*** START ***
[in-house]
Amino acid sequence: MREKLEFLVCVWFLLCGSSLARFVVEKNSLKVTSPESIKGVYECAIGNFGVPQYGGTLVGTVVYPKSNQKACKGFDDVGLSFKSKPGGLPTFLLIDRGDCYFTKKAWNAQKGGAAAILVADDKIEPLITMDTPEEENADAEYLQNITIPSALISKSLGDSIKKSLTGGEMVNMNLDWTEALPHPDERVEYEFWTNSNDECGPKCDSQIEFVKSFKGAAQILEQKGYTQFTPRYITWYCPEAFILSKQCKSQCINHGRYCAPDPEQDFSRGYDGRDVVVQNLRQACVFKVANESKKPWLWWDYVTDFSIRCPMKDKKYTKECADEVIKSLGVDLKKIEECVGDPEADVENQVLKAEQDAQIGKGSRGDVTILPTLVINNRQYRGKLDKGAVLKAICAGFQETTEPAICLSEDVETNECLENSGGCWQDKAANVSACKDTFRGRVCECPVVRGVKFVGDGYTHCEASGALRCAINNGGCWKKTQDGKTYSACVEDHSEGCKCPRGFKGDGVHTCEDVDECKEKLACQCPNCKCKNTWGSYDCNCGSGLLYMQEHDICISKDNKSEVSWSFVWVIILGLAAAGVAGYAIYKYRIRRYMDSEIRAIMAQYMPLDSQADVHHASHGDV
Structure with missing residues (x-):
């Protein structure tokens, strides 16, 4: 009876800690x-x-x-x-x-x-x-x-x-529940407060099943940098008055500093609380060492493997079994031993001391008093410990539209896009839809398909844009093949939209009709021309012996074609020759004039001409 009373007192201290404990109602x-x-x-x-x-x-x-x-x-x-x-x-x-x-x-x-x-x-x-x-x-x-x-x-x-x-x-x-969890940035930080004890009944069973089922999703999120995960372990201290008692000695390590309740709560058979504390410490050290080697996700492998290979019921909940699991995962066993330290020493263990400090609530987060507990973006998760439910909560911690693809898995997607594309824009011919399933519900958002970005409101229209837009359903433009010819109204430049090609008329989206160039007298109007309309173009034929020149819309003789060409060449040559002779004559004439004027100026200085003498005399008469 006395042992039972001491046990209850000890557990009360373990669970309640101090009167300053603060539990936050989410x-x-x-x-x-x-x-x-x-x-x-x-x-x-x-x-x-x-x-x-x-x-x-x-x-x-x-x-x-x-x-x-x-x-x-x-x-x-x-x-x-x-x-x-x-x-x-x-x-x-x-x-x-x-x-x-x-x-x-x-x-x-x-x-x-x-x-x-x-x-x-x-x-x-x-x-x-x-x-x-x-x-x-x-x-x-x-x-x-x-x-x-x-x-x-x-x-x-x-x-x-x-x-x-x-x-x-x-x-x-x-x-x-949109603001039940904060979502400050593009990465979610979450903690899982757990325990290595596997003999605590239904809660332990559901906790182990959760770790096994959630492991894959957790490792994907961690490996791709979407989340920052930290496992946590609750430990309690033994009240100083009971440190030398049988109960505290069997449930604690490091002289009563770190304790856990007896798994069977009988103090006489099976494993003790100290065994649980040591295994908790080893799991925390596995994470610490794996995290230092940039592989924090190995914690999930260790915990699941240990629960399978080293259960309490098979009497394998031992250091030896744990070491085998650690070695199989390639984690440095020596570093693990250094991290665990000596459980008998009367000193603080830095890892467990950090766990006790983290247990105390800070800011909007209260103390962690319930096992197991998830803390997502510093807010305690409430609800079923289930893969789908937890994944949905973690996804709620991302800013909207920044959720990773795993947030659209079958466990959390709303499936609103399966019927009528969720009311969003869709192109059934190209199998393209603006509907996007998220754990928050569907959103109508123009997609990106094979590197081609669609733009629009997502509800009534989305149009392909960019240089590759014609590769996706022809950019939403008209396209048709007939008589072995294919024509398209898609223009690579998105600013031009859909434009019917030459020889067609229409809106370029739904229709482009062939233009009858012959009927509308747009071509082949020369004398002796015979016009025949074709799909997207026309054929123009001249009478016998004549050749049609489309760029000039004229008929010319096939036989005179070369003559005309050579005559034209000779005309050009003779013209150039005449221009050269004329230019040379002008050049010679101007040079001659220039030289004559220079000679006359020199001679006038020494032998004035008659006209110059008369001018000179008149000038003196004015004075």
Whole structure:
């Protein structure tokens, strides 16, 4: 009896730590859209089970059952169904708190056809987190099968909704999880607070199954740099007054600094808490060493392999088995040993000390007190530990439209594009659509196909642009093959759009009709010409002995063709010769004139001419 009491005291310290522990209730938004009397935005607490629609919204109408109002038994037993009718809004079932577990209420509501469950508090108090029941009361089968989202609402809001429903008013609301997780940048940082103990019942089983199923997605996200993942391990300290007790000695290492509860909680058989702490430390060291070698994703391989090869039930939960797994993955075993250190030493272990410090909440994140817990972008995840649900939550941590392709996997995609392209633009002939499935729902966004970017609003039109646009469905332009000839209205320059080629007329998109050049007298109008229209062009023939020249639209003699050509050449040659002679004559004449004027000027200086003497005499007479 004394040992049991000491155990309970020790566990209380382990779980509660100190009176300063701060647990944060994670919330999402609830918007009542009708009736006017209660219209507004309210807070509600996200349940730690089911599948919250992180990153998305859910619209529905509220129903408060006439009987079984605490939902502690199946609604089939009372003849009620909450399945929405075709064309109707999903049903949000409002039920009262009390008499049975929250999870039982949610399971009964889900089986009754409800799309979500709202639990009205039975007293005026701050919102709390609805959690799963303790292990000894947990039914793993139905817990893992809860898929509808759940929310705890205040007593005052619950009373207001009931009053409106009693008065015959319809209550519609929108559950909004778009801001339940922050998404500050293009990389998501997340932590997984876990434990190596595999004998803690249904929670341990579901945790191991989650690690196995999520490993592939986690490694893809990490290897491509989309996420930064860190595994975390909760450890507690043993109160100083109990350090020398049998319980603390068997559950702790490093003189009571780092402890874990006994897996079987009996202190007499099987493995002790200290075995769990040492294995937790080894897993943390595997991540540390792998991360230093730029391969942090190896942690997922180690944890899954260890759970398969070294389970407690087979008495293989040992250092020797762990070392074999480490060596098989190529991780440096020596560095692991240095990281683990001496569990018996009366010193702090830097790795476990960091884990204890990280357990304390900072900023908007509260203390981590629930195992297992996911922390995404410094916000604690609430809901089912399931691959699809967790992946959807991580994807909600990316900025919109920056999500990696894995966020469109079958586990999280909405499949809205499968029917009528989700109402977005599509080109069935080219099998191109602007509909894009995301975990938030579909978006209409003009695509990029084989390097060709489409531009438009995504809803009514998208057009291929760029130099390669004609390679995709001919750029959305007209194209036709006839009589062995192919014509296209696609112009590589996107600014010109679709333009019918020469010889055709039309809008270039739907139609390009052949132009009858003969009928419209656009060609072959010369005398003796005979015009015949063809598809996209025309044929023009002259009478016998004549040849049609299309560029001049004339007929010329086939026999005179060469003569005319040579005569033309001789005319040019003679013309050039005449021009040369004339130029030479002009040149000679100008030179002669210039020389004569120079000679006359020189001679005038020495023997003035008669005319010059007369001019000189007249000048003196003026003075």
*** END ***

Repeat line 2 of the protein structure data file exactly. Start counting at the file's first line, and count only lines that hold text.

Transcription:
Amino acid sequence: MREKLEFLVCVWFLLCGSSLARFVVEKNSLKVTSPESIKGVYECAIGNFGVPQYGGTLVGTVVYPKSNQKACKGFDDVGLSFKSKPGGLPTFLLIDRGDCYFTKKAWNAQKGGAAAILVADDKIEPLITMDTPEEENADAEYLQNITIPSALISKSLGDSIKKSLTGGEMVNMNLDWTEALPHPDERVEYEFWTNSNDECGPKCDSQIEFVKSFKGAAQILEQKGYTQFTPRYITWYCPEAFILSKQCKSQCINHGRYCAPDPEQDFSRGYDGRDVVVQNLRQACVFKVANESKKPWLWWDYVTDFSIRCPMKDKKYTKECADEVIKSLGVDLKKIEECVGDPEADVENQVLKAEQDAQIGKGSRGDVTILPTLVINNRQYRGKLDKGAVLKAICAGFQETTEPAICLSEDVETNECLENSGGCWQDKAANVSACKDTFRGRVCECPVVRGVKFVGDGYTHCEASGALRCAINNGGCWKKTQDGKTYSACVEDHSEGCKCPRGFKGDGVHTCEDVDECKEKLACQCPNCKCKNTWGSYDCNCGSGLLYMQEHDICISKDNKSEVSWSFVWVIILGLAAAGVAGYAIYKYRIRRYMDSEIRAIMAQYMPLDSQADVHHASHGDV